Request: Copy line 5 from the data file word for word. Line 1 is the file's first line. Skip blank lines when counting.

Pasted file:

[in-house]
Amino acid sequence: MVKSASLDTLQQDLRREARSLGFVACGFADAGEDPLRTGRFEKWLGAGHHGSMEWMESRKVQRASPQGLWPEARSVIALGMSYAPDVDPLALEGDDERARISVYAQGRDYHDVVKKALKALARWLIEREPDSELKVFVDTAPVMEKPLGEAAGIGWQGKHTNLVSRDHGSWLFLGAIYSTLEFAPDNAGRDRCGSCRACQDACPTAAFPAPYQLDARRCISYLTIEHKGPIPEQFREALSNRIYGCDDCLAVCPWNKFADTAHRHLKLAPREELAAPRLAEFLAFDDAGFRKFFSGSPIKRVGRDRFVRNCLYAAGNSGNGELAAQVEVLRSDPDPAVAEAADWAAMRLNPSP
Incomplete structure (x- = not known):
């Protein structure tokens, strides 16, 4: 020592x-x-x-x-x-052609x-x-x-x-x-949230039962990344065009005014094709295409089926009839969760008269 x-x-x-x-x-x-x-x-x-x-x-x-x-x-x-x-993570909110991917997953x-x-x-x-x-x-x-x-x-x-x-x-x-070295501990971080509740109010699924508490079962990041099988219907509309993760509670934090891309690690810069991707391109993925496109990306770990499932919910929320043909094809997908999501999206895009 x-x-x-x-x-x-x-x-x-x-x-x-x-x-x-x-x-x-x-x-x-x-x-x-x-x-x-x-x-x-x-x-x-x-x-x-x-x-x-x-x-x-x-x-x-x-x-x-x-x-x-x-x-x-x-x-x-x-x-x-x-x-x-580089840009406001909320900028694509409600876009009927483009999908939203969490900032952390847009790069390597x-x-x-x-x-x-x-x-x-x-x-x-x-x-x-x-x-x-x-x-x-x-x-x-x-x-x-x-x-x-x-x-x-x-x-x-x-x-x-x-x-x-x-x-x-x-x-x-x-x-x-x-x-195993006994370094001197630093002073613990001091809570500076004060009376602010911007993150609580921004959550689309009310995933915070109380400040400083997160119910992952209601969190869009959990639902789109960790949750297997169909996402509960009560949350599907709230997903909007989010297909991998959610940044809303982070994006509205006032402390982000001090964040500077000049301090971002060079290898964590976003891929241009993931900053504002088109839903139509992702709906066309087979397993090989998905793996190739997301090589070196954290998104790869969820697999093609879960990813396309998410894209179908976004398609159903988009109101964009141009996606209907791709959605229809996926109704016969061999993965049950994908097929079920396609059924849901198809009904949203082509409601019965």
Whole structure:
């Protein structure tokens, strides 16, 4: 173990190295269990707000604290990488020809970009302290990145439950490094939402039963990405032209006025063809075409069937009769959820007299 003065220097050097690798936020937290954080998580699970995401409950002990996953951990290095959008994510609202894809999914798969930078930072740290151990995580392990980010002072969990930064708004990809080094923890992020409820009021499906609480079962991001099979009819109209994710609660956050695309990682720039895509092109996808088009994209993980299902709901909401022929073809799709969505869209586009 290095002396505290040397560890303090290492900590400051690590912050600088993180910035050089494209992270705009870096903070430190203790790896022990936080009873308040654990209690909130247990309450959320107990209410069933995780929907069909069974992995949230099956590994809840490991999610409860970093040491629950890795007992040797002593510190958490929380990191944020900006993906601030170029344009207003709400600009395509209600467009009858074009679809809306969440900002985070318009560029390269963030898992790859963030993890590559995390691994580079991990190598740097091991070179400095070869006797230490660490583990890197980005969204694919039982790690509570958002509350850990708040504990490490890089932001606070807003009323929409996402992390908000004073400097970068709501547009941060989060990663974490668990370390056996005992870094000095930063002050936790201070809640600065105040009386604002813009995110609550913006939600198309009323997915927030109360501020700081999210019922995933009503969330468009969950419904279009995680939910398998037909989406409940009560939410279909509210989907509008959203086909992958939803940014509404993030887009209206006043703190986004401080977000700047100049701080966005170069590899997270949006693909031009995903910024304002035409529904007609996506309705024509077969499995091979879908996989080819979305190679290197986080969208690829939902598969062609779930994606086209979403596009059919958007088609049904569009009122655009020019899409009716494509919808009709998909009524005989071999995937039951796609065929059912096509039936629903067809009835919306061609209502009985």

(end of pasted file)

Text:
Whole structure: